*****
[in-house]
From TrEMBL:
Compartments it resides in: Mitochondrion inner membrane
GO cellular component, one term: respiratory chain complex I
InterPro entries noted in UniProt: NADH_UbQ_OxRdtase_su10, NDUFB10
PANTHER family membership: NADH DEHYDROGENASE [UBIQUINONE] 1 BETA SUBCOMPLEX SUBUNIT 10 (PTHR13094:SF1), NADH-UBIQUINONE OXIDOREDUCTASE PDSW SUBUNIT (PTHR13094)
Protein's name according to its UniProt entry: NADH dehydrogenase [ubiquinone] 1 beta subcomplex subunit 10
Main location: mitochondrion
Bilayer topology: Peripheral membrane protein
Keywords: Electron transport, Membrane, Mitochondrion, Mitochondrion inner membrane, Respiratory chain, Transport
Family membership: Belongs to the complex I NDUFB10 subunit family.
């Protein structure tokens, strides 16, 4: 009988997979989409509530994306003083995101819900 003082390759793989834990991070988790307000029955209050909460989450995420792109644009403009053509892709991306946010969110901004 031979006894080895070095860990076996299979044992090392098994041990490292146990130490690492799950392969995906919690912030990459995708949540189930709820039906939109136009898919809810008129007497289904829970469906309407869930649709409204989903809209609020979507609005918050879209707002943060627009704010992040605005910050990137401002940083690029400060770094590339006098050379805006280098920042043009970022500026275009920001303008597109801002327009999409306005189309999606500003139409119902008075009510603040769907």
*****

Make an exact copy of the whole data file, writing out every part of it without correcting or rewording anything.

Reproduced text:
[in-house]
From TrEMBL:
Compartments it resides in: Mitochondrion inner membrane
GO cellular component, one term: respiratory chain complex I
InterPro entries noted in UniProt: NADH_UbQ_OxRdtase_su10, NDUFB10
PANTHER family membership: NADH DEHYDROGENASE [UBIQUINONE] 1 BETA SUBCOMPLEX SUBUNIT 10 (PTHR13094:SF1), NADH-UBIQUINONE OXIDOREDUCTASE PDSW SUBUNIT (PTHR13094)
Protein's name according to its UniProt entry: NADH dehydrogenase [ubiquinone] 1 beta subcomplex subunit 10
Main location: mitochondrion
Bilayer topology: Peripheral membrane protein
Keywords: Electron transport, Membrane, Mitochondrion, Mitochondrion inner membrane, Respiratory chain, Transport
Family membership: Belongs to the complex I NDUFB10 subunit family.
């Protein structure tokens, strides 16, 4: 009988997979989409509530994306003083995101819900 003082390759793989834990991070988790307000029955209050909460989450995420792109644009403009053509892709991306946010969110901004 031979006894080895070095860990076996299979044992090392098994041990490292146990130490690492799950392969995906919690912030990459995708949540189930709820039906939109136009898919809810008129007497289904829970469906309407869930649709409204989903809209609020979507609005918050879209707002943060627009704010992040605005910050990137401002940083690029400060770094590339006098050379805006280098920042043009970022500026275009920001303008597109801002327009999409306005189309999606500003139409119902008075009510603040769907």